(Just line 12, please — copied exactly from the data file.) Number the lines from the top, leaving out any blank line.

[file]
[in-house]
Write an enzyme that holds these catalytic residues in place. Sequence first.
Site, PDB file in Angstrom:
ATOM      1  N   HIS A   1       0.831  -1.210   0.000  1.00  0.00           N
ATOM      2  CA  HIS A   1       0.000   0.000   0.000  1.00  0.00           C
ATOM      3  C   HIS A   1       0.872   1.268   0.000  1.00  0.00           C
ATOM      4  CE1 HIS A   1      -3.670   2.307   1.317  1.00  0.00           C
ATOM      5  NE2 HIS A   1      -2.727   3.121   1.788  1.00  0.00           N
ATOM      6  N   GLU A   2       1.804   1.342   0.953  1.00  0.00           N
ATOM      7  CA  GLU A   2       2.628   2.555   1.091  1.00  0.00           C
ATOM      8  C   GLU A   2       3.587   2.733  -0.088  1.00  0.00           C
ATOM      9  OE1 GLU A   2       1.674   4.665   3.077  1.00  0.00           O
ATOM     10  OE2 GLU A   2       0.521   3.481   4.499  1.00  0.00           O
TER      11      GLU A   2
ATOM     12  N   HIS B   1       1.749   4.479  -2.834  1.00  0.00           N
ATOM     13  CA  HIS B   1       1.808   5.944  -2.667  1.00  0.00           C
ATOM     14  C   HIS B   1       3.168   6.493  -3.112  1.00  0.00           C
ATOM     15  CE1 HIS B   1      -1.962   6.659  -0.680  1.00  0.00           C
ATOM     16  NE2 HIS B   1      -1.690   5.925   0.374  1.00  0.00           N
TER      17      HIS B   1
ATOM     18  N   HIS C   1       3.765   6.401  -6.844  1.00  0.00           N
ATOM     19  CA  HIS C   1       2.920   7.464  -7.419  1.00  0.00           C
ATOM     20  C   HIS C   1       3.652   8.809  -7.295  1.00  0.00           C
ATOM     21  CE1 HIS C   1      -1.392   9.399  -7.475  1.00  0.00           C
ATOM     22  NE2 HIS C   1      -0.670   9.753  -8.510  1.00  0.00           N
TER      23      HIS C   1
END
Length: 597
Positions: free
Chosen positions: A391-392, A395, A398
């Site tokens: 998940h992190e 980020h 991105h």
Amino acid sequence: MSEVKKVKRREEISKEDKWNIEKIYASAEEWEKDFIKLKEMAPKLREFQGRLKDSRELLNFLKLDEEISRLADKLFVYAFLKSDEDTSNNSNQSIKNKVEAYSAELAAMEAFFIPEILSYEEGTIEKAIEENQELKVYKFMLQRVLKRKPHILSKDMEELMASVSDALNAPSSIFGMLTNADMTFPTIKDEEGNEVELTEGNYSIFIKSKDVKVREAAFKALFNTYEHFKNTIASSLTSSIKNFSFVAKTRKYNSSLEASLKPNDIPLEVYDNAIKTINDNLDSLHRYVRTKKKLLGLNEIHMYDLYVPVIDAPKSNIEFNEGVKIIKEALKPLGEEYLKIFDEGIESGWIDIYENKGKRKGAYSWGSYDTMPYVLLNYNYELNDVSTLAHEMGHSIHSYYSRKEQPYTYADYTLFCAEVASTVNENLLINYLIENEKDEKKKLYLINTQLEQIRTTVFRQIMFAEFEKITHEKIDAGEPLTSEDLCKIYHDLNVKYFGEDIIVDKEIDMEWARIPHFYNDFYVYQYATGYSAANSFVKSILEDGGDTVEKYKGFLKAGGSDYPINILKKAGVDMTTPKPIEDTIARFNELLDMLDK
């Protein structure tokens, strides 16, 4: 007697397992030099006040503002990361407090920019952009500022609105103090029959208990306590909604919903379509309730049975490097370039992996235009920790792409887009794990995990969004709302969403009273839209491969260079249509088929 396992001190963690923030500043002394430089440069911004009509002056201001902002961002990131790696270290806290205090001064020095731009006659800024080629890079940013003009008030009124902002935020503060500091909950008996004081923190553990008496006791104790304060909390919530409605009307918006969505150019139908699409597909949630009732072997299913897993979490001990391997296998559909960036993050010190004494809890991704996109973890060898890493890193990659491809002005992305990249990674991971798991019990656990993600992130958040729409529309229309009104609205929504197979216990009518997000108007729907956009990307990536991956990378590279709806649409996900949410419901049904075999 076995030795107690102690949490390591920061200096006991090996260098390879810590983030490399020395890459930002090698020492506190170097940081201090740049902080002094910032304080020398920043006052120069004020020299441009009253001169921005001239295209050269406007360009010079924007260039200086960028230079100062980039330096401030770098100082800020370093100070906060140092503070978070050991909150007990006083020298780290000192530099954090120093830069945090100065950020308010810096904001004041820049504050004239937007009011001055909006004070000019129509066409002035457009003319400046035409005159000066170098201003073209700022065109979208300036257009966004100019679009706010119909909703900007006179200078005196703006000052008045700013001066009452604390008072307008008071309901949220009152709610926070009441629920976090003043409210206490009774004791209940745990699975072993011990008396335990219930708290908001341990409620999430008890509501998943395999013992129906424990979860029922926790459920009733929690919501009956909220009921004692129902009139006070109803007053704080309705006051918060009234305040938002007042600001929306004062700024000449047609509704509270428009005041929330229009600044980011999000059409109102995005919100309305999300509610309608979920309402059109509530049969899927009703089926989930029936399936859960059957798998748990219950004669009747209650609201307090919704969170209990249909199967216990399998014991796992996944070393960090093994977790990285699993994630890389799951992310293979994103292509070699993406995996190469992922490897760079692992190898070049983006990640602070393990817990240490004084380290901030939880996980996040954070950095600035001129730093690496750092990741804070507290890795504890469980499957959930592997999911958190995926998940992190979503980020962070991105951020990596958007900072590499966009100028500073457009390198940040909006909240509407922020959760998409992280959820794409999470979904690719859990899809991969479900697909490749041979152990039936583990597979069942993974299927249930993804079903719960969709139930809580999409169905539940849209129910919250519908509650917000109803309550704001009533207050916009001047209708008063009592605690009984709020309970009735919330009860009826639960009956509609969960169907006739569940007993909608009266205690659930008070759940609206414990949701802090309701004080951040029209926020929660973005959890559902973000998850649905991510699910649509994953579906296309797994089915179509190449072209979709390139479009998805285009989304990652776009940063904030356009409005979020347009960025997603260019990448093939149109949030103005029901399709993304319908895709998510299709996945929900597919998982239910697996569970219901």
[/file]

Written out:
ATOM      9  OE1 GLU A   2       1.674   4.665   3.077  1.00  0.00           O